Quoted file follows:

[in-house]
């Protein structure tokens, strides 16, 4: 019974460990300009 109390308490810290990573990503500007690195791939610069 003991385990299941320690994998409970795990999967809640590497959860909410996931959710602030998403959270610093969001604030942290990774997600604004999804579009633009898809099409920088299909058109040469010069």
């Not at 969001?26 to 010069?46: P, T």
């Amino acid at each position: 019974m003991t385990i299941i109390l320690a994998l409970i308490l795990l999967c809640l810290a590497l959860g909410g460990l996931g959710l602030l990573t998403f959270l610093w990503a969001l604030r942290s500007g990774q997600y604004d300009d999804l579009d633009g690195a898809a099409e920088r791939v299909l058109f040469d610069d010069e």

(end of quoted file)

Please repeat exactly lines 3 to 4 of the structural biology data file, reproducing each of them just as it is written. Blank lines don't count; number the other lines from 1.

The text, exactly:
């Not at 969001?26 to 010069?46: P, T």
């Amino acid at each position: 019974m003991t385990i299941i109390l320690a994998l409970i308490l795990l999967c809640l810290a590497l959860g909410g460990l996931g959710l602030l990573t998403f959270l610093w990503a969001l604030r942290s500007g990774q997600y604004d300009d999804l579009d633009g690195a898809a099409e920088r791939v299909l058109f040469d610069d010069e």